Flora index
Fauna index
guide to the mangroves of singapore
Stinging Animals (Cnidarians)
Peter K L Ng and N Sivasothi (editors)
Mangrove anemones
up to 5 cm in diameter

Sea anemones are common in mangroves, especially in areas with calmer waters. The stinging cells at the tip of the tentacles paralyse small animals which it consumes whole.

The Giant mangrove anemone (Anthenopleura africana, Family Actinidae) is the largest, with its body buried deep in the mud, while smaller species are often anchored on buried wood or rocks.

<<Back to aquatic invertebrates
close-up of anemone with tentacles extended
Tentacles are extended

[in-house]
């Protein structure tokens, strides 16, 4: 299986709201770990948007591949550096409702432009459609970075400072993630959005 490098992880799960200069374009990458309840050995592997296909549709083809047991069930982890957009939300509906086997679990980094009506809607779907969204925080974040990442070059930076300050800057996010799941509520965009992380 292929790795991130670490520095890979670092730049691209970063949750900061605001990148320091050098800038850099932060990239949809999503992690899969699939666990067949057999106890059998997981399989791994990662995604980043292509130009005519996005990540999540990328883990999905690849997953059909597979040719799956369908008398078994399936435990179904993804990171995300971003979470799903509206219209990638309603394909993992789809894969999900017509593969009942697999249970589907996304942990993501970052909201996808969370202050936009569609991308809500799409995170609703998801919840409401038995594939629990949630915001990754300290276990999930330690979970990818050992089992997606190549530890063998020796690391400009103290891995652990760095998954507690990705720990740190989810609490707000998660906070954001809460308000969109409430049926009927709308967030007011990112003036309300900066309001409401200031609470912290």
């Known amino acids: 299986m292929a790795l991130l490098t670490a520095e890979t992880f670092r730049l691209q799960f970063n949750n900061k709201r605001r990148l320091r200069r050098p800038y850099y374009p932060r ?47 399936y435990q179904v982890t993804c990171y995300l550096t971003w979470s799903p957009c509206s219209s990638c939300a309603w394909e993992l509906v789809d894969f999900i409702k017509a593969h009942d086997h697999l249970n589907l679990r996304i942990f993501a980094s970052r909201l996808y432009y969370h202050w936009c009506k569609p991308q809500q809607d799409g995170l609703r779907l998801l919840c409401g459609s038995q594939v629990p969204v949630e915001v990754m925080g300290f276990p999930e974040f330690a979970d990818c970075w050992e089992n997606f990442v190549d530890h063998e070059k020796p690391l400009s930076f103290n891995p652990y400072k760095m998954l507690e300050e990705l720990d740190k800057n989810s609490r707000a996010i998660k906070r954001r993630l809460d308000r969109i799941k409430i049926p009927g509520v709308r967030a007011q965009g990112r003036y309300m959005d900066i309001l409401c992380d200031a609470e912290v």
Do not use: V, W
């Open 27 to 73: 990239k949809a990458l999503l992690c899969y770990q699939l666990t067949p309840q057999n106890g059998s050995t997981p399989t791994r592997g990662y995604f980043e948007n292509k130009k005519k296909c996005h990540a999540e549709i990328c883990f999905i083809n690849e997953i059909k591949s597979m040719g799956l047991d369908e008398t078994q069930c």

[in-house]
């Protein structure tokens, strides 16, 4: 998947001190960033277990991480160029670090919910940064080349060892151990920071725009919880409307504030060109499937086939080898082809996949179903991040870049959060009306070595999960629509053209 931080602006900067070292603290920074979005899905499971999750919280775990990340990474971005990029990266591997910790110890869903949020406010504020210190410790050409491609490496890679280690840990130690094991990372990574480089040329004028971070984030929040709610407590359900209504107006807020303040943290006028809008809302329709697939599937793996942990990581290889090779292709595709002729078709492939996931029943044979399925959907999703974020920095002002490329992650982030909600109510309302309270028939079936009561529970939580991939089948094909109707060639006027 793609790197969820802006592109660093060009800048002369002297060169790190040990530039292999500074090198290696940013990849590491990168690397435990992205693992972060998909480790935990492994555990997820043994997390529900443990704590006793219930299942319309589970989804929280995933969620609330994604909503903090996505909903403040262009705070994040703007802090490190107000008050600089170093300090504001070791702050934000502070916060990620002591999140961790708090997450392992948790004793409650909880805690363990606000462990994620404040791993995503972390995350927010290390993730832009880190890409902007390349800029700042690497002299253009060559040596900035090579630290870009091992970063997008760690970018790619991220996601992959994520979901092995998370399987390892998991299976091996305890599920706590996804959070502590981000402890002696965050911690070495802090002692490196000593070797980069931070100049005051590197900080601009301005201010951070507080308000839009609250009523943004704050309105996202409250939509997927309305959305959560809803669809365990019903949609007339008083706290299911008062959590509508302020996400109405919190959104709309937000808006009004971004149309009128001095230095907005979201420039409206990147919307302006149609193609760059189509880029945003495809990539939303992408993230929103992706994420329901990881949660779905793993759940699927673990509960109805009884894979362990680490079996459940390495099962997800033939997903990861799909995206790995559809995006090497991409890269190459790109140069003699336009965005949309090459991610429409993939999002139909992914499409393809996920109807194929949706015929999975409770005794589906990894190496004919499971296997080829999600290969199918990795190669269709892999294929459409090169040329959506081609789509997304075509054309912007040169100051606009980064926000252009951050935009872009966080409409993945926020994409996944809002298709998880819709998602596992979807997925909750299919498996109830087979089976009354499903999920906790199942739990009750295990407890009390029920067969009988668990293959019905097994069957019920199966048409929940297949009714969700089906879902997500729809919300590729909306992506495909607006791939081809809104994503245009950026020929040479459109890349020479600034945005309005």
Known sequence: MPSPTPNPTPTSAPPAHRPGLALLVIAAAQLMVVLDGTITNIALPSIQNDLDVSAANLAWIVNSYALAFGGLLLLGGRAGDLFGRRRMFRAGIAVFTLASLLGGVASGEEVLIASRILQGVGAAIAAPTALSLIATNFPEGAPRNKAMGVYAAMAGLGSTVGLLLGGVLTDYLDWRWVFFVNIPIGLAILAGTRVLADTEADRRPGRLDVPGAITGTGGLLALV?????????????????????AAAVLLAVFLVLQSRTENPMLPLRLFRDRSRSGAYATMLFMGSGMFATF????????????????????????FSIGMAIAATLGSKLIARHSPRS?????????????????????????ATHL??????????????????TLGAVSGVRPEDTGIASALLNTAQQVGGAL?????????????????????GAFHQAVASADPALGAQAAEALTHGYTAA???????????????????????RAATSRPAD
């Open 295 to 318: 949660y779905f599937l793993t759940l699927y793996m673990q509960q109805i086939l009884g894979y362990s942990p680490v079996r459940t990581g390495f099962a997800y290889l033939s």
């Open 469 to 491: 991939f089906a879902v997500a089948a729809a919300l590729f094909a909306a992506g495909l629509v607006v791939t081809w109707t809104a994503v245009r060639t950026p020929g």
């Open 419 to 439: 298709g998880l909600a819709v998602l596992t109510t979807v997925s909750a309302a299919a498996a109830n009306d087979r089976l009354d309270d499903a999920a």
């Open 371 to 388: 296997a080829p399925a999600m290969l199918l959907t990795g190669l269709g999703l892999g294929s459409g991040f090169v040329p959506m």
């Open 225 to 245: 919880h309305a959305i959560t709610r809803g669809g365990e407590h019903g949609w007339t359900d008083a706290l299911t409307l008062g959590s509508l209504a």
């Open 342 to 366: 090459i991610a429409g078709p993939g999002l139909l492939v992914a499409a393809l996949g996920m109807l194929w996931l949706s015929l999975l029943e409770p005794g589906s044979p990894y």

for feeding when immersed
by the tide

close-up of anemones with tentacles withdrawn
With tentacles withdrawn
at low tide, the anemones
look like black, jellyfish globules
What is mangrove?

The Ecosystem


Indirect uses
Potential uses

About Mangroves
in Singapore

Mangroves to visit
From "A Guide to Mangroves of Singapore", Peter K. L. Ng and N. Sivasothi (editors)
Volume 1: The Ecosystem and Plant Diversity and Volume 2: Animal Diversity
Authors: Kelvin K. P. Lim, Dennis H. Murphy, T. Morgany, N. Sivasothi, Peter K. L. Ng,
B. C. Soong, Hugh T. W. Tan, K. S. Tan & T. K. Tan
BP Guide to Nature Series published by the Singapore Science Centre, sponsored by British Petroleum
2001 Raffles Museum of Biodiversity Research, The National University of Singapore & The Singapore Science Centre